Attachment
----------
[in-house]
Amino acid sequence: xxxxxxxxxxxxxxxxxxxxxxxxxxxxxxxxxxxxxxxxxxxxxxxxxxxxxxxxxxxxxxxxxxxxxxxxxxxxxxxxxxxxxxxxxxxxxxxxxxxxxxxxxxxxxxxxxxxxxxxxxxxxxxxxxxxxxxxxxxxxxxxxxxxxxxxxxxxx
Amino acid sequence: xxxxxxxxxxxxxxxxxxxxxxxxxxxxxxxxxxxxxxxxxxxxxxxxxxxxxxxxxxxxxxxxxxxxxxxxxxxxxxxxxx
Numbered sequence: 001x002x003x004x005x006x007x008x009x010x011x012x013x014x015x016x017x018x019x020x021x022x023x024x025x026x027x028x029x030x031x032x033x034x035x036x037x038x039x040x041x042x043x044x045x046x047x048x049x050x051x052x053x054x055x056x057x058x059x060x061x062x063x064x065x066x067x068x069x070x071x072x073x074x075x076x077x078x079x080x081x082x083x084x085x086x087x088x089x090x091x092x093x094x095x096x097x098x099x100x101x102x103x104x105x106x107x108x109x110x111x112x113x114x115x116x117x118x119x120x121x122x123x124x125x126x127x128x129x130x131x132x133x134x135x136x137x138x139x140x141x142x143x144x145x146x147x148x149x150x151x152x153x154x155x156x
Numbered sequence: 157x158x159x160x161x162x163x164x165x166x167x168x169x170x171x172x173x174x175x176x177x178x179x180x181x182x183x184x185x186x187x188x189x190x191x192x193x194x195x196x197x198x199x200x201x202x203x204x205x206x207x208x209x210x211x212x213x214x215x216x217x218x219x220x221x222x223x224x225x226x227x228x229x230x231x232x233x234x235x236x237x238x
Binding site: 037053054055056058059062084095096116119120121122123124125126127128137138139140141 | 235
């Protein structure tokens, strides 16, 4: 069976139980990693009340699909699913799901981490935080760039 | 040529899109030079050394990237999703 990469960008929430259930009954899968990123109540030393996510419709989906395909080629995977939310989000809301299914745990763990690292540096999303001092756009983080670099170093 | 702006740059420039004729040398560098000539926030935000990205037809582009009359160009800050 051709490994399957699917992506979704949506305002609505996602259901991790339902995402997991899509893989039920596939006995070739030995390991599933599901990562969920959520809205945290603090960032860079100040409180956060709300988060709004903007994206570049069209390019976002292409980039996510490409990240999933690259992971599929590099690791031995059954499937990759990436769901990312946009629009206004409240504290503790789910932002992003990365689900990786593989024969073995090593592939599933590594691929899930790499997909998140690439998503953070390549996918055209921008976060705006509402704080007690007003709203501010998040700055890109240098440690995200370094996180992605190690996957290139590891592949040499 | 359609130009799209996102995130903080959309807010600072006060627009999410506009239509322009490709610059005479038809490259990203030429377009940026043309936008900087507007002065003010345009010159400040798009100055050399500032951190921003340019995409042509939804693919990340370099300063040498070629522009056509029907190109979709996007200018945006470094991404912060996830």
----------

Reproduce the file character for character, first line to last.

[in-house]
Amino acid sequence: xxxxxxxxxxxxxxxxxxxxxxxxxxxxxxxxxxxxxxxxxxxxxxxxxxxxxxxxxxxxxxxxxxxxxxxxxxxxxxxxxxxxxxxxxxxxxxxxxxxxxxxxxxxxxxxxxxxxxxxxxxxxxxxxxxxxxxxxxxxxxxxxxxxxxxxxxxxx
Amino acid sequence: xxxxxxxxxxxxxxxxxxxxxxxxxxxxxxxxxxxxxxxxxxxxxxxxxxxxxxxxxxxxxxxxxxxxxxxxxxxxxxxxxx
Numbered sequence: 001x002x003x004x005x006x007x008x009x010x011x012x013x014x015x016x017x018x019x020x021x022x023x024x025x026x027x028x029x030x031x032x033x034x035x036x037x038x039x040x041x042x043x044x045x046x047x048x049x050x051x052x053x054x055x056x057x058x059x060x061x062x063x064x065x066x067x068x069x070x071x072x073x074x075x076x077x078x079x080x081x082x083x084x085x086x087x088x089x090x091x092x093x094x095x096x097x098x099x100x101x102x103x104x105x106x107x108x109x110x111x112x113x114x115x116x117x118x119x120x121x122x123x124x125x126x127x128x129x130x131x132x133x134x135x136x137x138x139x140x141x142x143x144x145x146x147x148x149x150x151x152x153x154x155x156x
Numbered sequence: 157x158x159x160x161x162x163x164x165x166x167x168x169x170x171x172x173x174x175x176x177x178x179x180x181x182x183x184x185x186x187x188x189x190x191x192x193x194x195x196x197x198x199x200x201x202x203x204x205x206x207x208x209x210x211x212x213x214x215x216x217x218x219x220x221x222x223x224x225x226x227x228x229x230x231x232x233x234x235x236x237x238x
Binding site: 037053054055056058059062084095096116119120121122123124125126127128137138139140141 | 235
């Protein structure tokens, strides 16, 4: 069976139980990693009340699909699913799901981490935080760039 | 040529899109030079050394990237999703 990469960008929430259930009954899968990123109540030393996510419709989906395909080629995977939310989000809301299914745990763990690292540096999303001092756009983080670099170093 | 702006740059420039004729040398560098000539926030935000990205037809582009009359160009800050 051709490994399957699917992506979704949506305002609505996602259901991790339902995402997991899509893989039920596939006995070739030995390991599933599901990562969920959520809205945290603090960032860079100040409180956060709300988060709004903007994206570049069209390019976002292409980039996510490409990240999933690259992971599929590099690791031995059954499937990759990436769901990312946009629009206004409240504290503790789910932002992003990365689900990786593989024969073995090593592939599933590594691929899930790499997909998140690439998503953070390549996918055209921008976060705006509402704080007690007003709203501010998040700055890109240098440690995200370094996180992605190690996957290139590891592949040499 | 359609130009799209996102995130903080959309807010600072006060627009999410506009239509322009490709610059005479038809490259990203030429377009940026043309936008900087507007002065003010345009010159400040798009100055050399500032951190921003340019995409042509939804693919990340370099300063040498070629522009056509029907190109979709996007200018945006470094991404912060996830």